Speech at the National Museum Australia

6.00pm THURSDAY 19 APRIL 2018

Dear friends,

I send you all encouraging greetings from the Catholic Archdiocese of Canberra and Goulburn.  Also, in my capacity in the Australian Catholic Bishops Conference as Chairman of the Bishops’ Commission on Ecumenism Inter-Religious Dialogue, I send you greetings from the entire Catholic Community in support of this wonderful initiative.  We send particular greetings and welcome to our friends from the Vatican Anima Mundi Museum of World Arts and Cultures and its Director Fr Nicola Mapelli.

Australians generally consider Australia to be one of the most successful multicultural societies on earth.

This important claim, to which most of us would agree, is a treasure that needs to be constantly re-appropriated.  This is surely a challenge in secular Australia which can too readily and too sharply separate Faith from Culture.

But a deeper insight into multicultural Australia indicates that the glue that safeguards multicultural Australia from fracturing is the Religious Sentiment and Religious Faith of those that come to these shores – so many from highly Religious cultures.

Although Faith and Culture are to be distinguished from each other they are never to be separated.  Secular Australia runs the risk of choosing one to the neglect of the other.  This is a real challenge to a mature multiculturalism.

This wonderful exhibition celebrates the fact of the dance between Faith and Culture.  It celebrates it not simply by words or philosophy, but in our shared cultural heritage – especially in this particular instance with Faith and Culture in Islam.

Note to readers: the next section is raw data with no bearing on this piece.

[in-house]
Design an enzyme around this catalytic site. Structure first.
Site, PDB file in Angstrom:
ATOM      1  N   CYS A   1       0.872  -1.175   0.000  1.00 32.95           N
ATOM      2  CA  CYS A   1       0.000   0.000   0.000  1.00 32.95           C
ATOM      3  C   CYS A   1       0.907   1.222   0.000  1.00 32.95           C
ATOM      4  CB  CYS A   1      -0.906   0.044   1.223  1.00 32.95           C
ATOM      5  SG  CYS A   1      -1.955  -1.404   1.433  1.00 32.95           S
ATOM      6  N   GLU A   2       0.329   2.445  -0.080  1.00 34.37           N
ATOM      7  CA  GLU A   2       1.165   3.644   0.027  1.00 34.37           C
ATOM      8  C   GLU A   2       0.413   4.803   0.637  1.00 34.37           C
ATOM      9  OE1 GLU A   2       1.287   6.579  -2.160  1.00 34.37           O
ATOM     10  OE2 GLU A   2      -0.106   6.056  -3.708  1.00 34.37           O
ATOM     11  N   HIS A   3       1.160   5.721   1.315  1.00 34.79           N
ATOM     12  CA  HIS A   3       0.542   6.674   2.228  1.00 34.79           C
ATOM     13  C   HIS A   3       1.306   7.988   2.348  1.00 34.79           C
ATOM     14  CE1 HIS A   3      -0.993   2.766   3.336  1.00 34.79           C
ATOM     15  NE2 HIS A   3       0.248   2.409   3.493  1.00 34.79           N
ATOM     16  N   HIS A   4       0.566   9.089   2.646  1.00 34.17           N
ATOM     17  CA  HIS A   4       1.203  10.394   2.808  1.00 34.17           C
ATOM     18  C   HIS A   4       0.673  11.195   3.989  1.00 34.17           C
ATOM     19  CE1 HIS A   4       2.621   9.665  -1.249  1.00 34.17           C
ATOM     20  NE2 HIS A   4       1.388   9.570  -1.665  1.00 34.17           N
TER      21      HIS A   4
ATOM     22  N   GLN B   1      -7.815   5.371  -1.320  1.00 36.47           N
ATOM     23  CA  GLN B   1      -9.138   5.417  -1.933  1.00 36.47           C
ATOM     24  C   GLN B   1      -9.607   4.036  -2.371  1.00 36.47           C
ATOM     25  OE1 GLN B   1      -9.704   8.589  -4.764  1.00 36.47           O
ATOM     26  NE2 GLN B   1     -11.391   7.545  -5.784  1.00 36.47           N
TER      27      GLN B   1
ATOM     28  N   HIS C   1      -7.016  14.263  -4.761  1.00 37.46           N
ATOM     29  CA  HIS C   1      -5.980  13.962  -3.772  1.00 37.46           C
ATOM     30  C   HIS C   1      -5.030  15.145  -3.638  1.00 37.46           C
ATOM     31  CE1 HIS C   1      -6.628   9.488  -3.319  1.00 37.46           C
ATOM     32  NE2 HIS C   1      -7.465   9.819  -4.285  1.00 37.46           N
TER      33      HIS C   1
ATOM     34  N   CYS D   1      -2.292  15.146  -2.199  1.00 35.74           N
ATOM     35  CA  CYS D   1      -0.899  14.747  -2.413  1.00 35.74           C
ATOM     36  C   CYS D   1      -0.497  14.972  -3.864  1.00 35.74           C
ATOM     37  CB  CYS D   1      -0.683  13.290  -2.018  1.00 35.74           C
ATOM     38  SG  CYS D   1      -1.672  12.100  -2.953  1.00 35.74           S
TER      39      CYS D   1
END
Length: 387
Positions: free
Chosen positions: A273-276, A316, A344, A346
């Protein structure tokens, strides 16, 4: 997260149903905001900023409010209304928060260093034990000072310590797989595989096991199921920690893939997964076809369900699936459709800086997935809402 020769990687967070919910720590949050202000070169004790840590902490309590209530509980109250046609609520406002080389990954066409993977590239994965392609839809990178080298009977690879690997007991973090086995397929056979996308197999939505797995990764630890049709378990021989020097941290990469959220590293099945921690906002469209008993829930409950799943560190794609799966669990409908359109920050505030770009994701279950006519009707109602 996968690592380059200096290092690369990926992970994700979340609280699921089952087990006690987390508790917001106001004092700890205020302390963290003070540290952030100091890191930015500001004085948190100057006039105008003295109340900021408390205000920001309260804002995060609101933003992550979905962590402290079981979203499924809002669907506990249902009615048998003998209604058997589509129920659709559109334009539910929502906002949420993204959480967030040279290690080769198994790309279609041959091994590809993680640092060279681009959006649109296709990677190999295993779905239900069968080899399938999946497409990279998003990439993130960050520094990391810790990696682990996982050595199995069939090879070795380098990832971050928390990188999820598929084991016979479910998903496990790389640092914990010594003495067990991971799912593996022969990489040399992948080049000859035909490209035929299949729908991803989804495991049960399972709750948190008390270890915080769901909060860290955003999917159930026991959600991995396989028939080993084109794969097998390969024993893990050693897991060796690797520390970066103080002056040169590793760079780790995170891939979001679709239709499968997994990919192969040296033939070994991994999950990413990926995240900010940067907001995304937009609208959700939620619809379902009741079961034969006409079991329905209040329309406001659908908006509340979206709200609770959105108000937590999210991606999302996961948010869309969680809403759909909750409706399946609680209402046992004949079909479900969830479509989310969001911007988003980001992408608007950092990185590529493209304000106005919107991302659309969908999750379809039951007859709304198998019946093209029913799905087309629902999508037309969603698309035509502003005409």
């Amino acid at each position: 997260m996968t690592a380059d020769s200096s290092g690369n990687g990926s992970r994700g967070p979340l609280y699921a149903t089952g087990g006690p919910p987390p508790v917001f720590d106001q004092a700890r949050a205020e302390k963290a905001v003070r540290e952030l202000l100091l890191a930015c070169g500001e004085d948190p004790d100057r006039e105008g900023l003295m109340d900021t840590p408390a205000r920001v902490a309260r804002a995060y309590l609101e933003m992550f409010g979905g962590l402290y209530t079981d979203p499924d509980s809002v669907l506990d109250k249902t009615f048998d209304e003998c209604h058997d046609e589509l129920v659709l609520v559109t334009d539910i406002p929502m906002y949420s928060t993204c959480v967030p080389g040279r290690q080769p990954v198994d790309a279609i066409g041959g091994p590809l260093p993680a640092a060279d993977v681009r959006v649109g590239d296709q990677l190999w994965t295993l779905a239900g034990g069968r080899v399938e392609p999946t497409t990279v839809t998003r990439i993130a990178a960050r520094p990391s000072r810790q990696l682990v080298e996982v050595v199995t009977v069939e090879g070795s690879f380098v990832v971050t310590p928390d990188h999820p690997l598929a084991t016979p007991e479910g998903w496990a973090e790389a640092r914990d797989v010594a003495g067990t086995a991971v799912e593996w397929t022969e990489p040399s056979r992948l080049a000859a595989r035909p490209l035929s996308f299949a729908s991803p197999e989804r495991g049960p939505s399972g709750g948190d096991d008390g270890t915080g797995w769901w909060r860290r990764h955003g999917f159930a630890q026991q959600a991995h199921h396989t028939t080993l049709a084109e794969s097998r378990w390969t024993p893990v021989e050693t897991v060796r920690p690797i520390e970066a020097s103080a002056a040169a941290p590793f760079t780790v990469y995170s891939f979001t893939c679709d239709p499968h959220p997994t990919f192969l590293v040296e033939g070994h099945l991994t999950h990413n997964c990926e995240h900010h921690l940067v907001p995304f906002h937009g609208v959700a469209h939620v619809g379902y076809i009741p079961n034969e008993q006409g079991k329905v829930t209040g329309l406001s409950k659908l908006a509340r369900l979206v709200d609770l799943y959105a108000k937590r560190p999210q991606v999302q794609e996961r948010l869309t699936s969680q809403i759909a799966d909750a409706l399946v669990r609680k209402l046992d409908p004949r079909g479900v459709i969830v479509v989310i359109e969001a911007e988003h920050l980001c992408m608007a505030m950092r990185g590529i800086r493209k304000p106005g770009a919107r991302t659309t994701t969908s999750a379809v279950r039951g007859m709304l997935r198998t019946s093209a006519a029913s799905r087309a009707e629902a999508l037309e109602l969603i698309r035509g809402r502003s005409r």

The coming together of treasured cultural artefacts from the Vatican Museum, the Sharjah Museums Authority and the National Museum Australia is, in itself, a symbol of unity to strengthen multiculturalism in this new but ancient land of Australia.

Certainly one highlight of the exhibition for me is its title: coming from the Koran….”So That You Might Know Each Other.”  May the title of the exhibition become more and more a lived reality and may all that is celebrated in this exhibition symbolise the unity that we strive for in our wonderful land of Australia.

Indeed, if you would allow me, my hope is that not simply “So That You Might Know Each Other” but that this will lead onto deeper levels: that we might respect each other; that we might befriend each other; and indeed that we might love each other.  By so doing we become true peace makers, in this beautiful city of Canberra and in this fair land of Australia.  We become peace makers not only for our land but indeed for the wider world in the fragile times in which we live.  This is my hope, this is my dream and this is my prayer.  Thank you.

Archbishop Christopher Prowse
Catholic Archbishop of Canberra and Goulburn